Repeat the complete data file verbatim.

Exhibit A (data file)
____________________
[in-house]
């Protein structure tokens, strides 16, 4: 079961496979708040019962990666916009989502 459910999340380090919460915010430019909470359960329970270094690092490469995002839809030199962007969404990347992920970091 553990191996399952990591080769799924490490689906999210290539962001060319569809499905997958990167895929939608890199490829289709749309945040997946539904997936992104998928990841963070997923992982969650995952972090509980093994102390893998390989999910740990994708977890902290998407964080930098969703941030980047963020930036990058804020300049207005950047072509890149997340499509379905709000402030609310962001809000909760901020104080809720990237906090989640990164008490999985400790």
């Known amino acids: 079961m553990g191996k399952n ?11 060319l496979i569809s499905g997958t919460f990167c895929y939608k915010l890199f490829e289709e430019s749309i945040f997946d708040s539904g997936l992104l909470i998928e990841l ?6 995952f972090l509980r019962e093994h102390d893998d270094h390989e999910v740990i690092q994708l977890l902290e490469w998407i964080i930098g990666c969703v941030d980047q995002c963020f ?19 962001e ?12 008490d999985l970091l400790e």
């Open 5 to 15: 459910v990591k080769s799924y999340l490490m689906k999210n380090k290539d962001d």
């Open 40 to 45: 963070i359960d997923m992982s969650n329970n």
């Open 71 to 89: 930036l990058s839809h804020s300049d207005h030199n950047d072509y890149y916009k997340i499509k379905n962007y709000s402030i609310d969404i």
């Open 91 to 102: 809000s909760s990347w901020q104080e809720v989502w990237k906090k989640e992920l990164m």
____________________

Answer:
[in-house]
């Protein structure tokens, strides 16, 4: 079961496979708040019962990666916009989502 459910999340380090919460915010430019909470359960329970270094690092490469995002839809030199962007969404990347992920970091 553990191996399952990591080769799924490490689906999210290539962001060319569809499905997958990167895929939608890199490829289709749309945040997946539904997936992104998928990841963070997923992982969650995952972090509980093994102390893998390989999910740990994708977890902290998407964080930098969703941030980047963020930036990058804020300049207005950047072509890149997340499509379905709000402030609310962001809000909760901020104080809720990237906090989640990164008490999985400790």
């Known amino acids: 079961m553990g191996k399952n ?11 060319l496979i569809s499905g997958t919460f990167c895929y939608k915010l890199f490829e289709e430019s749309i945040f997946d708040s539904g997936l992104l909470i998928e990841l ?6 995952f972090l509980r019962e093994h102390d893998d270094h390989e999910v740990i690092q994708l977890l902290e490469w998407i964080i930098g990666c969703v941030d980047q995002c963020f ?19 962001e ?12 008490d999985l970091l400790e």
């Open 5 to 15: 459910v990591k080769s799924y999340l490490m689906k999210n380090k290539d962001d």
């Open 40 to 45: 963070i359960d997923m992982s969650n329970n």
């Open 71 to 89: 930036l990058s839809h804020s300049d207005h030199n950047d072509y890149y916009k997340i499509k379905n962007y709000s402030i609310d969404i």
């Open 91 to 102: 809000s909760s990347w901020q104080e809720v989502w990237k906090k989640e992920l990164m």